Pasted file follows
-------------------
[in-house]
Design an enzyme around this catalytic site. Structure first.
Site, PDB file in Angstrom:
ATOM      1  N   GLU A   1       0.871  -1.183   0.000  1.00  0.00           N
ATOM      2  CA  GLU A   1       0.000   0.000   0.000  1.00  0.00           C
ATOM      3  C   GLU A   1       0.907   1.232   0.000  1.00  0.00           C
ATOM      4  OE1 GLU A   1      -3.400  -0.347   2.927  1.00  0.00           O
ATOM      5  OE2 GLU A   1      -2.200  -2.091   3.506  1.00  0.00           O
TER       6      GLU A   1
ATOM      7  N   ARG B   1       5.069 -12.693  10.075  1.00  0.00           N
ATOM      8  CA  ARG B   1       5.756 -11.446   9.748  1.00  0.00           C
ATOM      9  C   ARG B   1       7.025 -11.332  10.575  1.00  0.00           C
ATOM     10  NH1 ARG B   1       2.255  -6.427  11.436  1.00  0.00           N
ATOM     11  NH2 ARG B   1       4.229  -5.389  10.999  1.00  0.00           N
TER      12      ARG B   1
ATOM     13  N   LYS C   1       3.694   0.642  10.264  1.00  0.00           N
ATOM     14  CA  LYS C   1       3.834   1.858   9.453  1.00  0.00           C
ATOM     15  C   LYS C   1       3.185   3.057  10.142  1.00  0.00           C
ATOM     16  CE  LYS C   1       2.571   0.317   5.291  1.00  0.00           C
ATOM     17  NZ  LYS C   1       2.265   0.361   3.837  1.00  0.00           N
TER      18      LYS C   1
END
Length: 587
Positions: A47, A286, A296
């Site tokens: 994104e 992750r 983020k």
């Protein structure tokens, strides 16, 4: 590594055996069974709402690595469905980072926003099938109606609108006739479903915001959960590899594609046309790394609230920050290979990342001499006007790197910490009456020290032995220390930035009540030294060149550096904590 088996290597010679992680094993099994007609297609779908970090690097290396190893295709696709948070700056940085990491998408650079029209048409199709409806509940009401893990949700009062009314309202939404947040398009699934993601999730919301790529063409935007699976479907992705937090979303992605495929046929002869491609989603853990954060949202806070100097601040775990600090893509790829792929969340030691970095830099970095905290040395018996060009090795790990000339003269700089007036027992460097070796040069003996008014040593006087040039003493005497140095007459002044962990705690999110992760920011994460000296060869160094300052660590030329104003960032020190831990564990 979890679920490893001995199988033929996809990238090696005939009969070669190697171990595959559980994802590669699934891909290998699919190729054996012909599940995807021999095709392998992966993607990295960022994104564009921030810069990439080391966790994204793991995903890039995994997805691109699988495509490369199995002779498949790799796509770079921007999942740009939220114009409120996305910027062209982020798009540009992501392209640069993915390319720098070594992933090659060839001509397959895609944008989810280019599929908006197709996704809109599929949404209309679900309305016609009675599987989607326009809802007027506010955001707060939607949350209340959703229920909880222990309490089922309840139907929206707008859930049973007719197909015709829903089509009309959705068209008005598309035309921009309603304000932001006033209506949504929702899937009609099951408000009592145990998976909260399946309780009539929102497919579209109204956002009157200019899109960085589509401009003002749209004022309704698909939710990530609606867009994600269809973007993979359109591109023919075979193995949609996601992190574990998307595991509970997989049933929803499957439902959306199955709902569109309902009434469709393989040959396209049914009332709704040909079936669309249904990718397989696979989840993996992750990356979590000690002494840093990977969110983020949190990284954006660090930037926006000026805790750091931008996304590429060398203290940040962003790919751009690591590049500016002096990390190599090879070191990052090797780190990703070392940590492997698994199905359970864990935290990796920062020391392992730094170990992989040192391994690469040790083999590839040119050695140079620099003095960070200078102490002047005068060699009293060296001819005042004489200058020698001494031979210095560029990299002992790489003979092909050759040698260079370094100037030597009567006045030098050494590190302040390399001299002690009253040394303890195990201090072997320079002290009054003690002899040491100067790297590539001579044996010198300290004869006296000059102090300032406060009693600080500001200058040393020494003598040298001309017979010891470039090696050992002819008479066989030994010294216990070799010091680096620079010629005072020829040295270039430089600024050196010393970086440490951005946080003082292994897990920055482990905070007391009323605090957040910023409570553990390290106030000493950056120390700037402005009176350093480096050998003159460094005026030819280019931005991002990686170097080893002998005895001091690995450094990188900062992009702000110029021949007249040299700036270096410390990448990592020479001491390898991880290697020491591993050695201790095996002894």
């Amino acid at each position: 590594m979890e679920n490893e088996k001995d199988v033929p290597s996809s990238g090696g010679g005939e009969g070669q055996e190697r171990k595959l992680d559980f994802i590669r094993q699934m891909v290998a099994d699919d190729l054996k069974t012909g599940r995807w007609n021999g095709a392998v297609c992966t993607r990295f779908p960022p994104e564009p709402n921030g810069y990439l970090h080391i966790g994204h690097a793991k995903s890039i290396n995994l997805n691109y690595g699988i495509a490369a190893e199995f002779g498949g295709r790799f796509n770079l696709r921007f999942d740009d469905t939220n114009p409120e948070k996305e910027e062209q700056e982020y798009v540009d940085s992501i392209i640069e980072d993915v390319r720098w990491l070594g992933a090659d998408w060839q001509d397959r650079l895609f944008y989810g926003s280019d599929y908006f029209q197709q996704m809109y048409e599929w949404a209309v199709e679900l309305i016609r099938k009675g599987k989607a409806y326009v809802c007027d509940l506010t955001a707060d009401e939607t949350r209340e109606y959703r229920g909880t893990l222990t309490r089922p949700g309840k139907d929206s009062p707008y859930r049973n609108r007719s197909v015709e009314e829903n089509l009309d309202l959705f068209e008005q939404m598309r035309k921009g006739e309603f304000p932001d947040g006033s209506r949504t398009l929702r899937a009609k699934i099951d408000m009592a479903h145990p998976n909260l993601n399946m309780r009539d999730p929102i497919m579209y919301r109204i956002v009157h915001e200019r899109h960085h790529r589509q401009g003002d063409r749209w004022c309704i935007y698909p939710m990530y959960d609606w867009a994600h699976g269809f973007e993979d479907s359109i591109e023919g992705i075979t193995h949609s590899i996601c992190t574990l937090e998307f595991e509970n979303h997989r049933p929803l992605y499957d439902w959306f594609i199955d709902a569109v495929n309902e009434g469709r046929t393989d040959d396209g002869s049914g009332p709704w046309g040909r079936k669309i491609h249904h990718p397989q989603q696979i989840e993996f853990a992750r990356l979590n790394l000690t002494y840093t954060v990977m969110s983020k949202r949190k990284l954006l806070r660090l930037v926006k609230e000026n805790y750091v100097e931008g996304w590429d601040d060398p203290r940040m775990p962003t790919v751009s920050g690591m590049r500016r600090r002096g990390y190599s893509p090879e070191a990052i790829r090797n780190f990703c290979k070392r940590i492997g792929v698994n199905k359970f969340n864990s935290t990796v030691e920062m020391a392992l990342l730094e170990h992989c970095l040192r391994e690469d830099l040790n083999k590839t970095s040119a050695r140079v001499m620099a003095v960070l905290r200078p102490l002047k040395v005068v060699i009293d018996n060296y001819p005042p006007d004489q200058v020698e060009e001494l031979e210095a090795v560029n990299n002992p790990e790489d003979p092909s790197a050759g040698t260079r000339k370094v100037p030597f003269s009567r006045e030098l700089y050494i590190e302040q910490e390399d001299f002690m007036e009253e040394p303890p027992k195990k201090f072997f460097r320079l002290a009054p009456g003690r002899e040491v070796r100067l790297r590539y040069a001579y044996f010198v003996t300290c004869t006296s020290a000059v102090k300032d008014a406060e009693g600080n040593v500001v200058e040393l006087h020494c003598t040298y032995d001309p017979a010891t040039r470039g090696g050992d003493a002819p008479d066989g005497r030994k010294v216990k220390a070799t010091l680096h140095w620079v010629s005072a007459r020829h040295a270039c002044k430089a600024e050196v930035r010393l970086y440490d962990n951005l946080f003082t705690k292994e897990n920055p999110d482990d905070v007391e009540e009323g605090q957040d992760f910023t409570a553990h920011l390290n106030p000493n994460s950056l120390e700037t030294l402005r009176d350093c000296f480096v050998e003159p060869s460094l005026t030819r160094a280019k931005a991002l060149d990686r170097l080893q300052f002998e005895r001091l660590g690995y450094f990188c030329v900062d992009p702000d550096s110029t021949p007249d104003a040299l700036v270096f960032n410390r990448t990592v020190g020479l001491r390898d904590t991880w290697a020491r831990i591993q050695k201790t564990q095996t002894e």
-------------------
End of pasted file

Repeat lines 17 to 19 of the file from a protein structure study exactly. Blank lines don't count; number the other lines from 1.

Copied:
ATOM     14  CA  LYS C   1       3.834   1.858   9.453  1.00  0.00           C
ATOM     15  C   LYS C   1       3.185   3.057  10.142  1.00  0.00           C
ATOM     16  CE  LYS C   1       2.571   0.317   5.291  1.00  0.00           C